Ignition Thresholds for Grassland Fuels and Implications for Activity Controls on Public Conservation Land in Canterbury.
Degree GrantorUniversity of Canterbury
Degree NameMaster of Forestry Science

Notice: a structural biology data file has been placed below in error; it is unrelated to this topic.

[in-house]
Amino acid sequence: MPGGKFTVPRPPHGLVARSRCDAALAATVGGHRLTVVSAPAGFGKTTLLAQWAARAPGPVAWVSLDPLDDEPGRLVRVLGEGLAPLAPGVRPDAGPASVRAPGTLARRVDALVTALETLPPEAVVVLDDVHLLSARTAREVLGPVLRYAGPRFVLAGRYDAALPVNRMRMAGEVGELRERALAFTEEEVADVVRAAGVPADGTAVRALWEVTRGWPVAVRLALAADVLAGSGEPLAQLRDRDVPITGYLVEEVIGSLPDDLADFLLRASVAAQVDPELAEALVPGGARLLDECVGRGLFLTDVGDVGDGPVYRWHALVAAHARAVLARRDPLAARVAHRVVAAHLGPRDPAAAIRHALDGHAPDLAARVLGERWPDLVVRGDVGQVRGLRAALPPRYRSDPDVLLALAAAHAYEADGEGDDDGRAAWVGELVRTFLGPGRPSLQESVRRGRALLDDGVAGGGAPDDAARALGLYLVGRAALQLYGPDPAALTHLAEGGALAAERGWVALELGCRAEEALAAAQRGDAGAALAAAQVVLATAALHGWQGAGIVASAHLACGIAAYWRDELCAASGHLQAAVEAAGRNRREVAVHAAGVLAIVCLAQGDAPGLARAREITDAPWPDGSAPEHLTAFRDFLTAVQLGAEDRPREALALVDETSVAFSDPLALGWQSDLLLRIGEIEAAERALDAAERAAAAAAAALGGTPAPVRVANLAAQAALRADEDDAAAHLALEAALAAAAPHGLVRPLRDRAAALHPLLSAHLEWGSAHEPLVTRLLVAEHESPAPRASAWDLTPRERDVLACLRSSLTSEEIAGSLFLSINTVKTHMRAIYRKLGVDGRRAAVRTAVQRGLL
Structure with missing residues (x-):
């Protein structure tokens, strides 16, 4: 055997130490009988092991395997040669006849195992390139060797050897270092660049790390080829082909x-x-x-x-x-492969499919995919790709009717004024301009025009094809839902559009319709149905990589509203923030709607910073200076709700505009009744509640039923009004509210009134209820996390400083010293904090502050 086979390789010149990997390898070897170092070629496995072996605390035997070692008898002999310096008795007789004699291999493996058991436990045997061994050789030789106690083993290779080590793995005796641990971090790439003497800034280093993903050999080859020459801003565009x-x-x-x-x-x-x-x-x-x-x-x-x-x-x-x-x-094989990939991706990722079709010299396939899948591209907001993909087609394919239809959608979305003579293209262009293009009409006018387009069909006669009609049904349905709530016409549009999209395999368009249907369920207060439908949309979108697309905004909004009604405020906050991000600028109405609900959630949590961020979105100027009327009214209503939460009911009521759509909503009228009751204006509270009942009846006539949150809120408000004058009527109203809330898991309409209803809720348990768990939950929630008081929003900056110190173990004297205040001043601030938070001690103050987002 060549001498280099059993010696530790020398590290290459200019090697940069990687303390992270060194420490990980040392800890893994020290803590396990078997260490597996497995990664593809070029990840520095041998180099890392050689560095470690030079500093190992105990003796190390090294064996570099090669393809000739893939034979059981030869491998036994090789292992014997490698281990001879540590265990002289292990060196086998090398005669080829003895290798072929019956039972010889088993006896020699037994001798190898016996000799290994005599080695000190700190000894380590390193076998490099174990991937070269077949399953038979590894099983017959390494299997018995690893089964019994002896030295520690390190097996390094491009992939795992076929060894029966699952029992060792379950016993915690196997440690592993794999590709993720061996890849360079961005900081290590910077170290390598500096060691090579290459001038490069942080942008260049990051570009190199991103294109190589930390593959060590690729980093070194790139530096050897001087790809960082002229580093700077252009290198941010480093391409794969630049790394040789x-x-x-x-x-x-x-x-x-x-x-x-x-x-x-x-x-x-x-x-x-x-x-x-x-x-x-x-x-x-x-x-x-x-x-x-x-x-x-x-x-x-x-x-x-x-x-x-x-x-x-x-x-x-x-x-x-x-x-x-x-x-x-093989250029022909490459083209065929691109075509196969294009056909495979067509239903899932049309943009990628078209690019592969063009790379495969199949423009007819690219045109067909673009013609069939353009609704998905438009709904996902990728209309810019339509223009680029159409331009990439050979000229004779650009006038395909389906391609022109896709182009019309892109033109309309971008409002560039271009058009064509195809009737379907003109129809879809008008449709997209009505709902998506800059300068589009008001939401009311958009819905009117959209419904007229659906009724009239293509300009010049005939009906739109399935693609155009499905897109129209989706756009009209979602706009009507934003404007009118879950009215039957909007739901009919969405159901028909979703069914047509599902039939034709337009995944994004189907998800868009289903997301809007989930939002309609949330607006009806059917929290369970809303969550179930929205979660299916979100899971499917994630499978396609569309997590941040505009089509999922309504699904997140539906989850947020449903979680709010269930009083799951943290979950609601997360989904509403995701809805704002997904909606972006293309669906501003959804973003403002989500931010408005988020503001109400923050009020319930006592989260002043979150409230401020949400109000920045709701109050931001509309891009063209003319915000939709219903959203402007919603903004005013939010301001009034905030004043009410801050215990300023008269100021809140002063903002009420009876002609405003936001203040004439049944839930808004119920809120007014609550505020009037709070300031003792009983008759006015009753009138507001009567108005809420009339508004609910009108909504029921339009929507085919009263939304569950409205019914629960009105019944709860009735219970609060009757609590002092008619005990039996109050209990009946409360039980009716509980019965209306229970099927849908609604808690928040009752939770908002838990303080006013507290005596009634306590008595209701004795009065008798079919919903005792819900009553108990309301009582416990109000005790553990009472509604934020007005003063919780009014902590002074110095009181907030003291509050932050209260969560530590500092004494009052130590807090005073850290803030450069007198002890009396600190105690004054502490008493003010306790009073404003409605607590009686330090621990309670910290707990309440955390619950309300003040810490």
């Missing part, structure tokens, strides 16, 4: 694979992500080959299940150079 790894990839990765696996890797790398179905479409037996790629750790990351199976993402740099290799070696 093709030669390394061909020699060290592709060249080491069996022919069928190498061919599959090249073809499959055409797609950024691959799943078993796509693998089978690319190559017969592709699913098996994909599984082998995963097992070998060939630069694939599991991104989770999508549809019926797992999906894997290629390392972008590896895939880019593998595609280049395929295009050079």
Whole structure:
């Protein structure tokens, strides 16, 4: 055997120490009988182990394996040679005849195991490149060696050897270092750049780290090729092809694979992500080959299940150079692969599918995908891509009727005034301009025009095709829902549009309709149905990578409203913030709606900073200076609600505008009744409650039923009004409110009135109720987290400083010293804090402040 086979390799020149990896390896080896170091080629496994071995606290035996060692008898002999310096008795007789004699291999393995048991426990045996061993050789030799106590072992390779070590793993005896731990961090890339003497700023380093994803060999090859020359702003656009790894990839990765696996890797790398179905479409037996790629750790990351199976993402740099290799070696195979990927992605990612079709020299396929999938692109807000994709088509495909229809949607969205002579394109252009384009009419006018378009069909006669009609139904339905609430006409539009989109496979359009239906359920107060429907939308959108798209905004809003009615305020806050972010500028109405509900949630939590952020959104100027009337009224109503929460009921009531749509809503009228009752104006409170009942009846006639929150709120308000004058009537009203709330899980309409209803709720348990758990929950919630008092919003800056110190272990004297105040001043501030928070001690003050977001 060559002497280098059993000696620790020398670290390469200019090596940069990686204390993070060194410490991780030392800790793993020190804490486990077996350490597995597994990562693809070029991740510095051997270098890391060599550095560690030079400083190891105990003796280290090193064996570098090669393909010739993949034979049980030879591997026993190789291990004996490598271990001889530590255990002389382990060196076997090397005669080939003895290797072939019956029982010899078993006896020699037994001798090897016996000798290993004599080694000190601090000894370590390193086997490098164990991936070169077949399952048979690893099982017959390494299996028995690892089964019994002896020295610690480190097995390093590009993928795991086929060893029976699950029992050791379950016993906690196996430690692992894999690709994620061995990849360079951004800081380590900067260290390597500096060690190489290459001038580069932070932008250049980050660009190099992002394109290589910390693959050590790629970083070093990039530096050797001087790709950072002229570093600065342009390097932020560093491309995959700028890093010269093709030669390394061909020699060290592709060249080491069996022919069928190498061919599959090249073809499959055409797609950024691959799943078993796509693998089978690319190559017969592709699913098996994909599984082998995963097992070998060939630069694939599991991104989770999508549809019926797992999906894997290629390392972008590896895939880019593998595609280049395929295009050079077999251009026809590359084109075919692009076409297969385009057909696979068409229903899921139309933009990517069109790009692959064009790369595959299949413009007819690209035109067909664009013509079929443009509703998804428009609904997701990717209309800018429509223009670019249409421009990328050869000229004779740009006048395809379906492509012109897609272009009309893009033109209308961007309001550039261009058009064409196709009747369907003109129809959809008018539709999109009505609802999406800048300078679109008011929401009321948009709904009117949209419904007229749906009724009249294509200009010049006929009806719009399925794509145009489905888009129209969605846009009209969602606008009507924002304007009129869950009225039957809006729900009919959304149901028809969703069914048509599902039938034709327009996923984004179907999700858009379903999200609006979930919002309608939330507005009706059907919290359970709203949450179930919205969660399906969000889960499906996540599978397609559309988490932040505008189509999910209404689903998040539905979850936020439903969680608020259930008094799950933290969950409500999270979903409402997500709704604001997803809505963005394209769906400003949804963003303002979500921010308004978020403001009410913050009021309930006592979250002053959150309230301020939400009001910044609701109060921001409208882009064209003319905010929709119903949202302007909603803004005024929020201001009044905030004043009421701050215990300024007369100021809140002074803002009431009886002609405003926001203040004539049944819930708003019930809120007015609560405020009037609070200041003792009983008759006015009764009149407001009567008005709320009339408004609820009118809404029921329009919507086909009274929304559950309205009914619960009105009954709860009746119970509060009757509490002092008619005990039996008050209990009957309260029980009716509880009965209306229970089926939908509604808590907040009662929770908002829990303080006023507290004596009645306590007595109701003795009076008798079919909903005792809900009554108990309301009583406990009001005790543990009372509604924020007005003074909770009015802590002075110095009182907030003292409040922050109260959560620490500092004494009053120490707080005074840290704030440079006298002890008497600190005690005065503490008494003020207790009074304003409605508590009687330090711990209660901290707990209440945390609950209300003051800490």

Grassland fuels quickly respond to moisture changes in the environment, and successfully ignite more readily compared with other wildland fuel types. In recent years in New Zealand grasslands, wildfire ignitions have increased due to recreational activities on public conservation land. Ignition sources have included off-road vehicles, sparks from machinery, and campfires, cooking stoves, etc. This research investigated ignition thresholds for fully cured tussock (Festuca novae-zelandiae) and exotic (Agrostis capillaris) grasses, with the aim of providing a scientific basis for wildfire prevention through decision-support tools for activity controls. Five ignition sources of concern to the Department of Conservation were tested in the laboratory, and results were validated against field experiments. Experiments were innovative, and were designed to simulate ignitions from: hot exhaust systems on off-road vehicles (hot metal); sparks from vehicle exhausts (carbon emissions); grinding operations (metal sparks); smouldering debris dropped onto grass fuels from hot vehicle parts (organic embers); and ordinary cigarette lighters (open flame). Fuel moisture content (MC), and wind speed were varied, but ambient temperature and relative humidity were kept relatively constant in the laboratory. Logistic regression was used to analyse data for each ignition source, except organic embers because no ignitions occurred. Ignition thresholds were determined for a probability of ignition success of 50%, and all models were statistically significant. The thresholds are listed in terms of model accuracy for each experiment: open flame was 28% MC without wind, and 55% MC with light wind (1 m/s); metal sparks was 37% MC; hot metal, with a wind speed of 2 m/s and MC of 1%, was 398ºC hot metal temperature; and carbon emissions was 65% MC. The results represent a significant contribution to knowledge of the ignition behaviour of grassland fuels. Further research is required to verify and extend the results; but, initial findings provide a scientific basis for management, investigations of wildfire causes, and decisions around controls on recreational activities to protect highly sensitive ecosystems and natural areas from damaging wildfires.